CTTI’s Virtual Meetings for Stakeholder Engagement on ICH E6 Guideline for Good Clinical Practice go hand-in-hand with the regulatory science policy of the CERSIs, as designated working groups contemplate the next revision to the International Council for Harmonization Good Clinical Practice (ICH GCP) E6R3. (See Appendix 2 for a link to videos from the meetings.) On the heels of the implementation of the second revision (R2), confusion still exists about how to conform more novel research approaches to the Guideline. The third revision (R3) will require a major overhaul and simplification to keep pace with nontraditional and precision medicine trials. Otherwise, we continue to dig ourselves into the “research is slow and costly” hole.
Building A Trust Infrastructure
At the CERSI Summit, Dr. Amy Abernathy of the FDA asserted we need a “trust infrastructure,” including new technology and enhancements to electronic health records (EHRs) that enable real-world evidence (RWE), broad distribution of clinical trials, data curation, monitoring of drug manufacturing, and management of the entire clinical research enterprise.
We have seen for decades that EHRs’ secure electronic platforms could enable research where medical data is collected as the original source in the first place. However, the various components of the clinical research enterprise — industry, service providers, central laboratories, contract research organizations, and digital technology companies — have addressed data reentry, collection, validation, and conformance of clinical trial data to good clinical practice (GCP) guidelines in separate and disparate electronic systems, to the detriment of progress and efficiency. Any public demonstration of EHR companies’ interest in being a part of this trust infrastructure has been oddly missing in my view.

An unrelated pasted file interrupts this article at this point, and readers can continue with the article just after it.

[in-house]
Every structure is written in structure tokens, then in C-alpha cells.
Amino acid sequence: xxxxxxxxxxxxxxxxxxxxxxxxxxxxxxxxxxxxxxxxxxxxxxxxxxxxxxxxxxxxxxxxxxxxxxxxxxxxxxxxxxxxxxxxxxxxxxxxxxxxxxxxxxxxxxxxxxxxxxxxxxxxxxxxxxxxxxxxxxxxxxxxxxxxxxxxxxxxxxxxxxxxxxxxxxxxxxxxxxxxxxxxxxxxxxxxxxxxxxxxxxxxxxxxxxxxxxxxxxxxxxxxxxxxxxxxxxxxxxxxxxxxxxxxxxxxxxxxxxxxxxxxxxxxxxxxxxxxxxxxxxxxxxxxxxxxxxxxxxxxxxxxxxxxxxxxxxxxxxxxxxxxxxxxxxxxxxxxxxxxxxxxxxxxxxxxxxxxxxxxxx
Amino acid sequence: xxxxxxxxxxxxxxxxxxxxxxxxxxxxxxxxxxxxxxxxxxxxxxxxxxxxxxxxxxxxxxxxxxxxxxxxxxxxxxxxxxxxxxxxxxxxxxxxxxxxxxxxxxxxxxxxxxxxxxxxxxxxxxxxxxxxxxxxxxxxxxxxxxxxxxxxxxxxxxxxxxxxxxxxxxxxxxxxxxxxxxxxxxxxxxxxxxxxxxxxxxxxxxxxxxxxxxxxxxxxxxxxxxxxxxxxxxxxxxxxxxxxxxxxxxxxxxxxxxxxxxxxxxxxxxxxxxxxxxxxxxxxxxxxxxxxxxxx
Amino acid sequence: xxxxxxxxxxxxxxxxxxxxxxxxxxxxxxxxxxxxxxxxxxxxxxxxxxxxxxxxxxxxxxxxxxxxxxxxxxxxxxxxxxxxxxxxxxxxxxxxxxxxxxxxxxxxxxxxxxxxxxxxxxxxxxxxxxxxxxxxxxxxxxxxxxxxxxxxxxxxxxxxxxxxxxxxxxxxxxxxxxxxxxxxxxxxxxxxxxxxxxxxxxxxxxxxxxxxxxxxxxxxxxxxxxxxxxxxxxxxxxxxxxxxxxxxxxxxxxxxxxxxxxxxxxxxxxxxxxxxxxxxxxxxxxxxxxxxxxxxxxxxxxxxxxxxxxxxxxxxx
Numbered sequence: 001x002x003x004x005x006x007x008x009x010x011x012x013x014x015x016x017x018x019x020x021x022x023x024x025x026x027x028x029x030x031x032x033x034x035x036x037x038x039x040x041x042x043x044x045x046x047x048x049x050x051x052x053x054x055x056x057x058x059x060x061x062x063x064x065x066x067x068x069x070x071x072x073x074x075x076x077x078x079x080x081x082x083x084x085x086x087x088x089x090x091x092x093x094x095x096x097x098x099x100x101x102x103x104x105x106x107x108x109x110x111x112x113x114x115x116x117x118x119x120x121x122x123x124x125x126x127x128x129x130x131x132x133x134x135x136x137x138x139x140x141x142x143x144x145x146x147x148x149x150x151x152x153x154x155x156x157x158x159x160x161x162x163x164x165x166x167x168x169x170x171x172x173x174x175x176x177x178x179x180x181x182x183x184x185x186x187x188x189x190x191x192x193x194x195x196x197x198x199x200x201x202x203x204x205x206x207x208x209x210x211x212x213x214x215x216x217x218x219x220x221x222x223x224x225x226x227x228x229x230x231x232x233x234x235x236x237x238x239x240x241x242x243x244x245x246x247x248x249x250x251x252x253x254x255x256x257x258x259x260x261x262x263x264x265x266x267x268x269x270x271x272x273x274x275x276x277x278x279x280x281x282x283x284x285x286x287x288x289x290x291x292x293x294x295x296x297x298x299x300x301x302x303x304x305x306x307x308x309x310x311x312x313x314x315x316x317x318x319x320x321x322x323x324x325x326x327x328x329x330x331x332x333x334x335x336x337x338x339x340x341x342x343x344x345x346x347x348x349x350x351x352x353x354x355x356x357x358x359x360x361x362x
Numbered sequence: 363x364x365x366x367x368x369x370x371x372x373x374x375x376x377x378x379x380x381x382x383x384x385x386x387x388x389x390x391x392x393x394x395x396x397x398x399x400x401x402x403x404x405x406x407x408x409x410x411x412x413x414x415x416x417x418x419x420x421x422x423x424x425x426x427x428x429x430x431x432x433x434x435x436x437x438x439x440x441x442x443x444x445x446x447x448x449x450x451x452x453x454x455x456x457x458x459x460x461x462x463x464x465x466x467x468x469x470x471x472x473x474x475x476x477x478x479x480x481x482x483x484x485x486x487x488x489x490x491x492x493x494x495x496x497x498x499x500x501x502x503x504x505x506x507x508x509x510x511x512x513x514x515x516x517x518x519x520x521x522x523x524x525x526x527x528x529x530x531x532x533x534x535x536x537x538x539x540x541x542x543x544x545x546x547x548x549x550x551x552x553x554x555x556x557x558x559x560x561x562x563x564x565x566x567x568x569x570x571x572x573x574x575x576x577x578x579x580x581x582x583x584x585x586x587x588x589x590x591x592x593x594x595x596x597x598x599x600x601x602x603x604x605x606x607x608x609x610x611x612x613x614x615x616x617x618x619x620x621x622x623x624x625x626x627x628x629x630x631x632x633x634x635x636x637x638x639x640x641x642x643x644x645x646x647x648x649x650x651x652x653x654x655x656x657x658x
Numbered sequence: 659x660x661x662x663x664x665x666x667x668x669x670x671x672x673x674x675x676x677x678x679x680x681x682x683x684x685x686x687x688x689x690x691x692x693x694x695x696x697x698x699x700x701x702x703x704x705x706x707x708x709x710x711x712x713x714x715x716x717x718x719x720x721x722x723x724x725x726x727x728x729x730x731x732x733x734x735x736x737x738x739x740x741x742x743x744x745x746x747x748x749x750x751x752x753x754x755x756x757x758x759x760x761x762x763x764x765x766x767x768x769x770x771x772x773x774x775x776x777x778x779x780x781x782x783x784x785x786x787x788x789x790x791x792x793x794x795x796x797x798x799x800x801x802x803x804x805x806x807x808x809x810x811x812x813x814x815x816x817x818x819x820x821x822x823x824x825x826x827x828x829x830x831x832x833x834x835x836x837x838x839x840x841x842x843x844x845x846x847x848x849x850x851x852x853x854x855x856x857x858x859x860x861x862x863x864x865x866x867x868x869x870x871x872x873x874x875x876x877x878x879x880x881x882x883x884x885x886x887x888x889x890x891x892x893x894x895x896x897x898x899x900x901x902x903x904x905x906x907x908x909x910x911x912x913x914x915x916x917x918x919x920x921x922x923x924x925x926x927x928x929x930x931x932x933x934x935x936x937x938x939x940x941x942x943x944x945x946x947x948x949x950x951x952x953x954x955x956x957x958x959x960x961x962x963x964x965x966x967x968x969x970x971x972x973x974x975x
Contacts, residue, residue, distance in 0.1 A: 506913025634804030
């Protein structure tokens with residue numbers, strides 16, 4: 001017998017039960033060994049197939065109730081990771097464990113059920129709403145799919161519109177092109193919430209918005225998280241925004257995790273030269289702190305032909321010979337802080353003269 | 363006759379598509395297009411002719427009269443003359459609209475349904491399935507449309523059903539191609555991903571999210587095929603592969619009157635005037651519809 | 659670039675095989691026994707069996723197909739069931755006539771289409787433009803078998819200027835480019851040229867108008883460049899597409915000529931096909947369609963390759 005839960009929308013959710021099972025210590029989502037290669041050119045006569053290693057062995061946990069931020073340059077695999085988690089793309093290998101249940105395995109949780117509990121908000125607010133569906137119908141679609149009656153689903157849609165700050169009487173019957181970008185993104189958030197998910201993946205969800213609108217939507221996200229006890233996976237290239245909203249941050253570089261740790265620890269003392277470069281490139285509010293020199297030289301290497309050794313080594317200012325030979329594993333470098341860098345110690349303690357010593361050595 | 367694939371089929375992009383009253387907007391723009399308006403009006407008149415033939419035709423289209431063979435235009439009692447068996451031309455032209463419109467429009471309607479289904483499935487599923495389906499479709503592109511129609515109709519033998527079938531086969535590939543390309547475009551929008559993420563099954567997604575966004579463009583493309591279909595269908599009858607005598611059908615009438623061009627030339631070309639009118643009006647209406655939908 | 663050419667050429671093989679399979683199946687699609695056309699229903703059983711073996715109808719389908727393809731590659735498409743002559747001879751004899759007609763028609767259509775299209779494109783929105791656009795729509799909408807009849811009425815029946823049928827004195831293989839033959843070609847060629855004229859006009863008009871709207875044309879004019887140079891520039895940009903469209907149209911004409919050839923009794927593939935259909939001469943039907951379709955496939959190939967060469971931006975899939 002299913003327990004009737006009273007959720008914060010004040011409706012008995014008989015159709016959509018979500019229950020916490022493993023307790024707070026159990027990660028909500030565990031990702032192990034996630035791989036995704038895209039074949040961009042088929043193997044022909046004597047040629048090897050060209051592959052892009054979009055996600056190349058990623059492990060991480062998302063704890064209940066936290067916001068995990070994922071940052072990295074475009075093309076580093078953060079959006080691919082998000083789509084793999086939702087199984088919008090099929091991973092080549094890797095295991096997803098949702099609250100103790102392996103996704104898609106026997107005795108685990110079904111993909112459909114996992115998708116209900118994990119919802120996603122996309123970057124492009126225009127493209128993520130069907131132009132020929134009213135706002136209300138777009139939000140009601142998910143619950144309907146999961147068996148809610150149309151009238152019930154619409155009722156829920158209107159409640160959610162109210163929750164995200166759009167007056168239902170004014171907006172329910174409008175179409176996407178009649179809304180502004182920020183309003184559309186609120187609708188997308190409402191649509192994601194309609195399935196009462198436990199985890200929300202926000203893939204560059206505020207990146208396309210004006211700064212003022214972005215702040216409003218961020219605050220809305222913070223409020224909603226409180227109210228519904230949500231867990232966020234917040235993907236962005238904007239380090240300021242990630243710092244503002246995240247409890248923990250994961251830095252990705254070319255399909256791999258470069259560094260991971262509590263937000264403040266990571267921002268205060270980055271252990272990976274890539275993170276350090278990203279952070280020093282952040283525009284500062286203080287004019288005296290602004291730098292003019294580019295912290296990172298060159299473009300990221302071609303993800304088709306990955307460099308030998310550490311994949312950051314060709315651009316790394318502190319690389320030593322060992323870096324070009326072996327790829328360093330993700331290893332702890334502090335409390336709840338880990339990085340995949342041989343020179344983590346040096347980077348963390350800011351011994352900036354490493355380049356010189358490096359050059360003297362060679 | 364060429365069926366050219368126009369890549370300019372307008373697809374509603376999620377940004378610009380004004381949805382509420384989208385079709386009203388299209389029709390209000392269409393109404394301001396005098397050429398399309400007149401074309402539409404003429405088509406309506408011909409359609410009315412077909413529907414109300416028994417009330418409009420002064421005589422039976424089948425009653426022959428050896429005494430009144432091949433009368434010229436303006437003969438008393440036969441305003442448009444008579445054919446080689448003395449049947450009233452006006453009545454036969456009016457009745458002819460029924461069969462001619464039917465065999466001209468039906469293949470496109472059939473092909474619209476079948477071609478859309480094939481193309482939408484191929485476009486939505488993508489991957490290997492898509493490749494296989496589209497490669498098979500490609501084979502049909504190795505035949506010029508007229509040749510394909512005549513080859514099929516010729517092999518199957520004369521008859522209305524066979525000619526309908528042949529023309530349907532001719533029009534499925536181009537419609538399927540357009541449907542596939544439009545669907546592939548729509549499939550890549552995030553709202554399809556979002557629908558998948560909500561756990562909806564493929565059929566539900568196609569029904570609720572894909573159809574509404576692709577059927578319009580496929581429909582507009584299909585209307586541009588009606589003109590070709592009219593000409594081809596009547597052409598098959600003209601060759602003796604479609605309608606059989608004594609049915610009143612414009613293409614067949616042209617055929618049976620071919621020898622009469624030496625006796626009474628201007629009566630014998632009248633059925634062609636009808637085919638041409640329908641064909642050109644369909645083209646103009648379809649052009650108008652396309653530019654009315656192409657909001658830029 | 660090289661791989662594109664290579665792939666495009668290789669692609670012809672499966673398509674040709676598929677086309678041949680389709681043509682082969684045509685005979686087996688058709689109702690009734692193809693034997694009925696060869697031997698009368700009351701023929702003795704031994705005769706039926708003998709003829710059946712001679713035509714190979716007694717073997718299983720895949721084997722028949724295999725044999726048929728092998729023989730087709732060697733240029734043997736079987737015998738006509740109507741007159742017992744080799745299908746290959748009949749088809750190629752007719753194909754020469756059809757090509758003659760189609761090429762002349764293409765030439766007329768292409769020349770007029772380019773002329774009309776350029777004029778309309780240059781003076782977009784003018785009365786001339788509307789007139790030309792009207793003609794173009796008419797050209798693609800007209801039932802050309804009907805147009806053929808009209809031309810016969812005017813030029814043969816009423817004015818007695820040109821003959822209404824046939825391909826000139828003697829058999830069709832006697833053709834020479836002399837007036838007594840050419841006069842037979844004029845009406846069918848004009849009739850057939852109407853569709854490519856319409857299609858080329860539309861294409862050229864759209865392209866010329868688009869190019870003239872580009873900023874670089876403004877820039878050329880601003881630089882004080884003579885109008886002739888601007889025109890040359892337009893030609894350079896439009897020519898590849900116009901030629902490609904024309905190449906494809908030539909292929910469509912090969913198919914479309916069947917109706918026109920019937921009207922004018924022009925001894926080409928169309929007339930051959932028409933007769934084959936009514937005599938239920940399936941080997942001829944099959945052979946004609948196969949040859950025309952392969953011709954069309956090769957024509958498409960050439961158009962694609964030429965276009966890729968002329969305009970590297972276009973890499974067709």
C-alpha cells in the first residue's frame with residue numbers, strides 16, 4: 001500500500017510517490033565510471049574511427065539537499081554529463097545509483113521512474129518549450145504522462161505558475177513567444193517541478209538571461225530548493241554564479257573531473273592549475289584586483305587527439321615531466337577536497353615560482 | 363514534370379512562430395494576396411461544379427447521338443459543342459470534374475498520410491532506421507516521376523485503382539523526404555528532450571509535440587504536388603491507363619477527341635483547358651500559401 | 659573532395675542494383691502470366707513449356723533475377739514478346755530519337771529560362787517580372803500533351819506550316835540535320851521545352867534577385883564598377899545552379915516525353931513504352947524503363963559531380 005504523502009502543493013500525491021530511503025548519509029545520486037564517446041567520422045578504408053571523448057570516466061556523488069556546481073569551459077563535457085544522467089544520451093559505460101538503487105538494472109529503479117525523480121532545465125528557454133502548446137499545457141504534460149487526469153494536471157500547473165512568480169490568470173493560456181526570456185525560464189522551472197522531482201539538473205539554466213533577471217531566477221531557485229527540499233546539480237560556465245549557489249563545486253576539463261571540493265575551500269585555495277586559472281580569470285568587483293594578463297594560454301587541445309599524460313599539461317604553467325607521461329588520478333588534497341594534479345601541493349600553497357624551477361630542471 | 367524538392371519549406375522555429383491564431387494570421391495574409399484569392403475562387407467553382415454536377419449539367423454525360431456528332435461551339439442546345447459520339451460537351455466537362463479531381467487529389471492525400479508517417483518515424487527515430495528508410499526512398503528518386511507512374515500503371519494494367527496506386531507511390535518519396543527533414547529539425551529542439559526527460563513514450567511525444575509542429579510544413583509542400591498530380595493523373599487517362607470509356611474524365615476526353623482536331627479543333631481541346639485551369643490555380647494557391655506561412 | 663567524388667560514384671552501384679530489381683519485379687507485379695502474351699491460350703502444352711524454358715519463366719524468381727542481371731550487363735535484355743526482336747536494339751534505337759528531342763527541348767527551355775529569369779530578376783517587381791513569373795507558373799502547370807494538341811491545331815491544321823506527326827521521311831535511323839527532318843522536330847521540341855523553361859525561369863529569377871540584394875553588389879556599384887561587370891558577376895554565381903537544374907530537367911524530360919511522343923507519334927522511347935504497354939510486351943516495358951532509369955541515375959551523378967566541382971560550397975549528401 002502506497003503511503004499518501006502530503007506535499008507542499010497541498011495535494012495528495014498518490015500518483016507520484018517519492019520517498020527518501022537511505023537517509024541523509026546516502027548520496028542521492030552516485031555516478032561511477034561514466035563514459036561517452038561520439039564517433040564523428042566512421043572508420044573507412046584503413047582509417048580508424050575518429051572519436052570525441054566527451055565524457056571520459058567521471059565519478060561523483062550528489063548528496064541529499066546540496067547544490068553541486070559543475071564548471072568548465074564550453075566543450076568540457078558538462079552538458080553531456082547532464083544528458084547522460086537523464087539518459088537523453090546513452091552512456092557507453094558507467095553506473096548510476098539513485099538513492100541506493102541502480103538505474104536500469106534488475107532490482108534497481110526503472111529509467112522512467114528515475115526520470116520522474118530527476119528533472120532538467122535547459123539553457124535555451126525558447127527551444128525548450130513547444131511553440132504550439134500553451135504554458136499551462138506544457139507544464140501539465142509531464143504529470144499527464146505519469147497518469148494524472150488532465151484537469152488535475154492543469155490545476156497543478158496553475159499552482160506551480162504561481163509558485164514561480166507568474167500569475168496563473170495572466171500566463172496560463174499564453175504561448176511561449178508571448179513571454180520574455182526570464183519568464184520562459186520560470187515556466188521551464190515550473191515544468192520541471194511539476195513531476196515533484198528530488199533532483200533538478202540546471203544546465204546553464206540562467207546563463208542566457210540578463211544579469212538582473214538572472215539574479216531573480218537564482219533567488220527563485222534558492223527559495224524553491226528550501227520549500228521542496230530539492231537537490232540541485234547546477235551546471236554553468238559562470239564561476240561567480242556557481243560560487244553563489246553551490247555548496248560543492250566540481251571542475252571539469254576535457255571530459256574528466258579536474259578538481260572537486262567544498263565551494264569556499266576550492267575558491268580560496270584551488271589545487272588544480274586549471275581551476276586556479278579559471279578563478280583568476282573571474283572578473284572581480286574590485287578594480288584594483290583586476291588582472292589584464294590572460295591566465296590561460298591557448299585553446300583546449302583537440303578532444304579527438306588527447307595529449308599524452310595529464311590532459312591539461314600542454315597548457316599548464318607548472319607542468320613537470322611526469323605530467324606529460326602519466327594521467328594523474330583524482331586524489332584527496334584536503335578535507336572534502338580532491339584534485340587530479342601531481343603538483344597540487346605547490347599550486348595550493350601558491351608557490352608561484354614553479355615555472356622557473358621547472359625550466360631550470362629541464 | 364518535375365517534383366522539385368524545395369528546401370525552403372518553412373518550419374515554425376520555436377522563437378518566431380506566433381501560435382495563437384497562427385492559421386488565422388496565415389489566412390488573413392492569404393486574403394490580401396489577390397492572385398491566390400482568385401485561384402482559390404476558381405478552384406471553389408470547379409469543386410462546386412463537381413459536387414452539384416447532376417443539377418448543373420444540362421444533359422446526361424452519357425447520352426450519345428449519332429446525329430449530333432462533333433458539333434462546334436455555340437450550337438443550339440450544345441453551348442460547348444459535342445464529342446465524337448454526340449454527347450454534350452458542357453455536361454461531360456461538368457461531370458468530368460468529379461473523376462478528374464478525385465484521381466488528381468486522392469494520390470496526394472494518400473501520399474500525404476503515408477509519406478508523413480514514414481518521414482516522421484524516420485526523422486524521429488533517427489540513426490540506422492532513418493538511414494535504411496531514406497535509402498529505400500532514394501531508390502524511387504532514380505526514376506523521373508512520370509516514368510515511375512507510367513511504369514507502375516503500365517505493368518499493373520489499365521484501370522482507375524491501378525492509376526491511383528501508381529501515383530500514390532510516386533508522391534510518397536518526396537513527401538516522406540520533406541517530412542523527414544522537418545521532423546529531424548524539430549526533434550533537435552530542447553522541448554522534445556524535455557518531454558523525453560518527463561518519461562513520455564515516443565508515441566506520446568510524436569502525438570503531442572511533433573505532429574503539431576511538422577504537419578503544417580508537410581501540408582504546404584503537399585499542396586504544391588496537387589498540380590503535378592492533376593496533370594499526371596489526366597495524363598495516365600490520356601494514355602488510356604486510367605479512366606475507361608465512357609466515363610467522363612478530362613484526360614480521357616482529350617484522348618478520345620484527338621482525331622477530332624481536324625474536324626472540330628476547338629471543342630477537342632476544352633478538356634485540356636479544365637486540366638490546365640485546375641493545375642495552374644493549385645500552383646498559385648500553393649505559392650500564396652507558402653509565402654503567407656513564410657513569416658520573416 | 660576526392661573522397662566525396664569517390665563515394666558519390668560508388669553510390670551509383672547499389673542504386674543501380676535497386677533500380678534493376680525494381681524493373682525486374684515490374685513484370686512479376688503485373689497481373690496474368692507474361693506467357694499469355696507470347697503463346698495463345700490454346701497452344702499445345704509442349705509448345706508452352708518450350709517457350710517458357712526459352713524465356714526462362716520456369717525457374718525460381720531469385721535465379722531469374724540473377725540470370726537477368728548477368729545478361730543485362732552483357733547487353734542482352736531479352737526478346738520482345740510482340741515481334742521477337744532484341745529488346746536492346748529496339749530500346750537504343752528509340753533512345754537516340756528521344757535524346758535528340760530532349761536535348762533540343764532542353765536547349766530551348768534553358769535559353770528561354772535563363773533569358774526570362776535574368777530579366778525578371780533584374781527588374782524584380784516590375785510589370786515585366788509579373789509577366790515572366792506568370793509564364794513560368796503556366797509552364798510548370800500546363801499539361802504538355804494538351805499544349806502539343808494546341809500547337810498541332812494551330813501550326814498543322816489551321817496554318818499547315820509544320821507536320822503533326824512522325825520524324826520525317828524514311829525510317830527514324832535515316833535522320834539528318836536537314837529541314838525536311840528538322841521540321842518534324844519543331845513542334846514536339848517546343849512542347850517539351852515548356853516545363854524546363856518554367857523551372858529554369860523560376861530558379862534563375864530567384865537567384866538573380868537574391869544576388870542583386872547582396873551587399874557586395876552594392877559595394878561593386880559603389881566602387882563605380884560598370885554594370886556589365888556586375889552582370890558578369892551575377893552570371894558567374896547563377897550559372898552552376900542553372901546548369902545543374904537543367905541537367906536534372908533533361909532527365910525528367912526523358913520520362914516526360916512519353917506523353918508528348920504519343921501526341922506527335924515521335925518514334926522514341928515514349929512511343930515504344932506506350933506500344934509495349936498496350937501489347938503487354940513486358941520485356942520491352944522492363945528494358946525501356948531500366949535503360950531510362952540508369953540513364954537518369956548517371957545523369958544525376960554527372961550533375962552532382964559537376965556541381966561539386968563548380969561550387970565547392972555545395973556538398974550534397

Reimagination Of A Clinical Trials Playbook
Dr. Janet Woodcock of the FDA insisted at the CERSI Summit that we need to “stop doing artisanal one-at-a-time clinical trials” the old-fashioned way because they aren’t working. Experts in the field agree that we need to unlearn our set ways that have been the cause of our poor results and instead embrace minimization of randomization, methods that prevent information loss, adaptive designs and platform trials, and intermediate or surrogate endpoints. In addition, we must deploy artificial intelligence (AI), machine learning (ML), and other analysis methods to quantitatively interpret clinical data and health data together to inform the practice of medicine. The call to combine the practice of medicine and research is reaching the tipping point and demands a flexible, single-source data solution.
The Bad Worth Giving Up